Overshadowed by the Reagan administration's confrontation with Libya, Algeria has launched a major diplomatic initiative to "contain" Col. Muammar Qaddafi and stabilize turbulent North African politics.
What western diplomats call Algeria's "constructive engagement" policy -- borrowing Washington's term for its relationship with South Africa -- was formally unveiled by President Chadli Bendjedid in a speech last week outlining a proposal for North African unity.
Algerian officials stressed that the plans hinge on tying the volatile Libyan leader into a web of specific economic cooperation deals that range from natural gas to electronics and are aimed at dissuading him from further regional troublemaking.
The Algerian approach runs counter to the Reagan administration's efforts to isolate and confront Qaddafi. Washington has yet to comment officially on the Algerian initiative.
Western and Arab diplomats are convinced Algeria is motivated principally by a desire to protect its small neighbor, Tunisia, from Libyan encroachment and the disputed Algerian-Libyan border. They noted, however, that the initiative also would weaken Algeria's arch rival, Morocco, in its 20-month-old alliance with Qaddafi. For different reasons, the United States and Algeria oppose that alliance.
Bendjedid feared encirclement by two neighbors at a time when King Hassan II of Morocco was achieving the upper hand militarily in his 10-year-old dispute with the Algerian-backed Polisario rebels for control of the Western Sahara.
The United States, with a large military and strategic stake in conservative Morocco, was worried by potential Libyan subversion in a traditionally friendly country that guards the southern approaches to the western Mediterranean.
Western diplomats noted that Algeria, mindful of American suspicions about Qaddafi, has kept the United States closely informed about its recent negotiations with Libya.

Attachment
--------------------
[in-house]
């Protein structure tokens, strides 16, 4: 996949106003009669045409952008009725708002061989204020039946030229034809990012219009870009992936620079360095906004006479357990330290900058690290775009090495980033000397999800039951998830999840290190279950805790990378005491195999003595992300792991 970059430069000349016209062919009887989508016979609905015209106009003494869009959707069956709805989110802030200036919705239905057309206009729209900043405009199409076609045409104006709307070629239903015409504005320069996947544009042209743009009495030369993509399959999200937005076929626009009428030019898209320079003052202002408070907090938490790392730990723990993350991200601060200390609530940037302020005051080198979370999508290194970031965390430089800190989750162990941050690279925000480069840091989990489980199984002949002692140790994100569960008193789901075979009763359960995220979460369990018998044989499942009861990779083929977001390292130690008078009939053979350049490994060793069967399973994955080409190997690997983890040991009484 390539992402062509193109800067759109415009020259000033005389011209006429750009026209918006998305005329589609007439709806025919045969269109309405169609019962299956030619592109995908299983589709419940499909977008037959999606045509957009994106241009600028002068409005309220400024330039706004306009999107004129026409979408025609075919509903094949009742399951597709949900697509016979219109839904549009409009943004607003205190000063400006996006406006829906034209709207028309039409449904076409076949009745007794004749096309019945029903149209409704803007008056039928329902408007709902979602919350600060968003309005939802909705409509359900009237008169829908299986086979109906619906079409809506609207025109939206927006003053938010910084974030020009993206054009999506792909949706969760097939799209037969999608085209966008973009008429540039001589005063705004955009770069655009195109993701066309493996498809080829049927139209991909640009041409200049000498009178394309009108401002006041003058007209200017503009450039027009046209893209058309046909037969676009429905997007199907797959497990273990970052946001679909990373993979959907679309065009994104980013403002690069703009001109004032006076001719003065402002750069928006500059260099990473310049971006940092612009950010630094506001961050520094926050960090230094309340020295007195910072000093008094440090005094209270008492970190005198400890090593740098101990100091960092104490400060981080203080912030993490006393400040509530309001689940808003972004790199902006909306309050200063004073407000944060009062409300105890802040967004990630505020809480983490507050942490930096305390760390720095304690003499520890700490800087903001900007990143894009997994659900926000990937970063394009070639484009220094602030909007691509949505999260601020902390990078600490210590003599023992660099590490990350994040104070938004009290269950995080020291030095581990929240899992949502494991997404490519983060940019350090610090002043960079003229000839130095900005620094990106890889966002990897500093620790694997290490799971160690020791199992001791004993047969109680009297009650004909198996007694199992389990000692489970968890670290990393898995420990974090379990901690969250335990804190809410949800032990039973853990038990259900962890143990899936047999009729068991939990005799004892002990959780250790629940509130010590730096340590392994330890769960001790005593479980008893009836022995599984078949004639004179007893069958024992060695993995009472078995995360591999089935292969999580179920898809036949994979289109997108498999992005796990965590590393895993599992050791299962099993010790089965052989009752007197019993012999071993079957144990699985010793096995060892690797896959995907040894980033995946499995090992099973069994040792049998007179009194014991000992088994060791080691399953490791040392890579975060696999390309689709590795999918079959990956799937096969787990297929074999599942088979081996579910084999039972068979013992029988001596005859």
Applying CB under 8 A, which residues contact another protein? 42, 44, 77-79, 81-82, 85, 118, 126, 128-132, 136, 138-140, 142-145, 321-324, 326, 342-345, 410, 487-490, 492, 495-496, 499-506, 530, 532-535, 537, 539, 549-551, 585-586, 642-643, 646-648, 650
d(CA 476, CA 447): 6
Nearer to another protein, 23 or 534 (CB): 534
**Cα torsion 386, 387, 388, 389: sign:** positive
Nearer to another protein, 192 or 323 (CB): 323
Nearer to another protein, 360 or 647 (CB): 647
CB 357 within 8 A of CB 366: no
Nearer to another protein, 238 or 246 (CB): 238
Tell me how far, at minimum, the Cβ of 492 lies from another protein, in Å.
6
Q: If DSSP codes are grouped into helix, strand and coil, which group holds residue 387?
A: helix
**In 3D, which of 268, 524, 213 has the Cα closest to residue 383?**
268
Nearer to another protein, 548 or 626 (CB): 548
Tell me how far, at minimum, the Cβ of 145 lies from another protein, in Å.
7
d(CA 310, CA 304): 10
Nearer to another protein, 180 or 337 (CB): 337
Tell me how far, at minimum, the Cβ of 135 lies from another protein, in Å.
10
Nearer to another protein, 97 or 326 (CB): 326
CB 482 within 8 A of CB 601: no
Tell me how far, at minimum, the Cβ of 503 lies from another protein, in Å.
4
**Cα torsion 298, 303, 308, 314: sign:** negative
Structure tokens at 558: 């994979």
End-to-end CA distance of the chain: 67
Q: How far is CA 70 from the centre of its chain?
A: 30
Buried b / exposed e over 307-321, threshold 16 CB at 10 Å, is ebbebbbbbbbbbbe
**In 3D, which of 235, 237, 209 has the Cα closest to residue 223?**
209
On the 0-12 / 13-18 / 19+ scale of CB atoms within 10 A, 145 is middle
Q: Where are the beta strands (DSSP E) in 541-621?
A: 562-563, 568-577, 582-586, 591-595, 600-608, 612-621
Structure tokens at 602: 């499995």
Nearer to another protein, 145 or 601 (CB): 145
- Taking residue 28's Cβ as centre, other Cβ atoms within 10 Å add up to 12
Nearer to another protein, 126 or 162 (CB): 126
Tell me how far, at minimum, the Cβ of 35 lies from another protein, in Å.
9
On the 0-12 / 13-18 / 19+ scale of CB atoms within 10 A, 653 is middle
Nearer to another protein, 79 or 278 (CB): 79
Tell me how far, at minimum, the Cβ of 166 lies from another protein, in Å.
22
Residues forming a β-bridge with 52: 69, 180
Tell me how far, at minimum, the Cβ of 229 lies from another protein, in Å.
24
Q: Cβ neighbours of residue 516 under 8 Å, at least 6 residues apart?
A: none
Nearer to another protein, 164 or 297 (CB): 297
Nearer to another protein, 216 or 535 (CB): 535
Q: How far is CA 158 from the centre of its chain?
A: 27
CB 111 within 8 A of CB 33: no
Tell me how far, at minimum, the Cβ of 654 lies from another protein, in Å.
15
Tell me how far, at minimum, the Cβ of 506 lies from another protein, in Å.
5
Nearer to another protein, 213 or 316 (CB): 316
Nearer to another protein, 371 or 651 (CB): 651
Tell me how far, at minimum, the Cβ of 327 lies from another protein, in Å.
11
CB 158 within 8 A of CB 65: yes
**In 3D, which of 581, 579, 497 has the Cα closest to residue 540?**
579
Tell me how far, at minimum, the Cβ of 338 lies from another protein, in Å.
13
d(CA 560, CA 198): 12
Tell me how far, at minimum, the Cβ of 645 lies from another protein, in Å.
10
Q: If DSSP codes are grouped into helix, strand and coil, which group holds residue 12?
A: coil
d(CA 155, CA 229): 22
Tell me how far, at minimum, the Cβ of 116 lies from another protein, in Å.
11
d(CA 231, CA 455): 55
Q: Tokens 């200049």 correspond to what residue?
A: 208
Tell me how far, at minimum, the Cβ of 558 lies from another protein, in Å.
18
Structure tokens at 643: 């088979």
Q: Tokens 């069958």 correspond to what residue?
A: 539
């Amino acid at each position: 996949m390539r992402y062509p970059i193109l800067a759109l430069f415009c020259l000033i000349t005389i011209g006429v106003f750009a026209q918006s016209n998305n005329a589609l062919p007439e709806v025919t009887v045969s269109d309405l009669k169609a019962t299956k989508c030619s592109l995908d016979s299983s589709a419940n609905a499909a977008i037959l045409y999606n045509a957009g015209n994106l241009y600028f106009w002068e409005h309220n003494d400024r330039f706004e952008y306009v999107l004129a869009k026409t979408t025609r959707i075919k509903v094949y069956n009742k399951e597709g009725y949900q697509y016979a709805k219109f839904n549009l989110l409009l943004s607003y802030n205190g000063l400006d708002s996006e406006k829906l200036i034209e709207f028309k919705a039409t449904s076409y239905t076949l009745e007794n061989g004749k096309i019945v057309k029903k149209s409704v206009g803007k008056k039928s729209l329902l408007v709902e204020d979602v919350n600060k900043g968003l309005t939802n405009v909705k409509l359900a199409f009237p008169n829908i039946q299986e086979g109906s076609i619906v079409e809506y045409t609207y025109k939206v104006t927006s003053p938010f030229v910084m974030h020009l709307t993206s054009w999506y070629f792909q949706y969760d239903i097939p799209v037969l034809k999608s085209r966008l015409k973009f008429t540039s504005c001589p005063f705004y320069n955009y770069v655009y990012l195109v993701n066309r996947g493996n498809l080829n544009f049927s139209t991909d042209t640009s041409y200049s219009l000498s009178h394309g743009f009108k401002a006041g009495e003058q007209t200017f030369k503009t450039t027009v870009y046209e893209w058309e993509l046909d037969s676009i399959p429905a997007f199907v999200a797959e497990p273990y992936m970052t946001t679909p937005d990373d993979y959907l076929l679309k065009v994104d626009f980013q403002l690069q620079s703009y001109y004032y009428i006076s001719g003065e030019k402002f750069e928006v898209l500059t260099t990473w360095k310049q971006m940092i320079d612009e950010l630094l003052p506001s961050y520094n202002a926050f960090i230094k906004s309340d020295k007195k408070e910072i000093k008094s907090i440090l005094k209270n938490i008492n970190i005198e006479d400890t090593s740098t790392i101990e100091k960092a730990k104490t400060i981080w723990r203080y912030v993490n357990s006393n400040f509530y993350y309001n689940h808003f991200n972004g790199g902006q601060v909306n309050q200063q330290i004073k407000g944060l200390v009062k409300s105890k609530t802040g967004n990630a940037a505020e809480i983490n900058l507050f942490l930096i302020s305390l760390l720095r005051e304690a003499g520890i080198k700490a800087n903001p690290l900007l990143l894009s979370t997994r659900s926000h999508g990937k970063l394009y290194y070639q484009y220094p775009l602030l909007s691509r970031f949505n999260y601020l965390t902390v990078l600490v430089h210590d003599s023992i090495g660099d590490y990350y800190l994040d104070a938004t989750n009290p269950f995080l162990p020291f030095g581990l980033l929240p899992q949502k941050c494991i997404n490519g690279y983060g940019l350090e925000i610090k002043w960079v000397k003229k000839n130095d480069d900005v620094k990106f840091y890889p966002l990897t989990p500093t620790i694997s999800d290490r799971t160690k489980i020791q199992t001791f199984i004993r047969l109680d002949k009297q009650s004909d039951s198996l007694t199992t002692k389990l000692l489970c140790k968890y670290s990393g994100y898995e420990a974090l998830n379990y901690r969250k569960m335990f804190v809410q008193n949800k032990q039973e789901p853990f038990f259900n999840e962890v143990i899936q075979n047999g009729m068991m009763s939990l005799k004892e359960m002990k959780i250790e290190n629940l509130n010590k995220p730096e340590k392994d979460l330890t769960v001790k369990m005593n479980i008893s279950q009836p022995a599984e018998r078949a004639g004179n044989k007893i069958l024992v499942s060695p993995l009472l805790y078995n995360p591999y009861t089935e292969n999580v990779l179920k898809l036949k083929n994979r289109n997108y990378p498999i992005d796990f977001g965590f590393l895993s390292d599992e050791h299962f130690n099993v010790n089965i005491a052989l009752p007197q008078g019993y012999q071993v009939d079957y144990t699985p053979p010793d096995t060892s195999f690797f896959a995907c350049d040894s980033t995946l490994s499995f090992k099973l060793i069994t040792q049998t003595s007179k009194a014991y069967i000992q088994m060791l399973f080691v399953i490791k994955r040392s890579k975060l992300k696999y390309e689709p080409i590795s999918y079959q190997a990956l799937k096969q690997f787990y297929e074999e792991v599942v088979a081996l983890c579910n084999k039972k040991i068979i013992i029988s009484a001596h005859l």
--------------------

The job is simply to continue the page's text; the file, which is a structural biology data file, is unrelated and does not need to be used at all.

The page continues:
Algerian officials, outlining their containment policy, argued that Algeria is doing the West a service by launching a regional initiative to promote stability. The officials also reflected a deeply held conviction here that for Libya's neighbors, such as Algeria, Egypt and Sudan, confrontation -- with its risk of superpower involvement in the region -- is potentially more dangerous than Algiers' cautious willingness to work with Qaddafi on a step-by-step basis.
Algerian officials made it clear, however, that they also want to reinforce recently improved relations with Washington. They hope the United States eventually can influence its Moroccan ally for a favorable political settlement in the Western Sahara.
Last week's major departure in Algerian foreign policy was foreshadowed in November when an increasingly isolated Qaddafi dispatched envoys to Algiers to ask for a summit meeting with Bendjedid.
Two months earlier, Algeria had rushed troops to the Libyan border when Qaddafi expelled Tunisian workers and threatened the vulnerable government of aging Tunisian President Habib Bourguiba. By the time the Algerian and Libyan leaders met Jan. 28 near the Libyan border, Bendjedid's initiative was ready. Within a month, Algerian Prime Minister Abdelhamid Brahimi had led nine ministers to Tripoli and worked out a program of joint economic ventures.
Underscoring Algerian caution was Bendjedid's insistence that, unlike earlier, doomed North African unity schemes, his would put concrete economic cooperation ahead of political union. Significantly, he mentioned no timetable for future steps toward unity.
Nor has Algeria abandoned its opposition to Qaddafi's occupation of northern Chad and his backing of rebels opposed to President Hissene Habre's American- and French-backed government.
Bendjedid specifically ruled out any Moroccan participation in the unity scheme until the Western Sahara had been settled.
Despite optimism over the Bendjedid initiative, diplomatic analysts suggested that Morocco may already have concluded that its alliance with Libya had reached the point of diminishing returns.
Morocco has been losing the diplomatic battle against Algiers' efforts to win international recognition for the Polisarios' political wing, known as the Democratic Arab Saharawi Republic. Last week, Morocco opened U.N.-sponsored talks with Polisario representatives.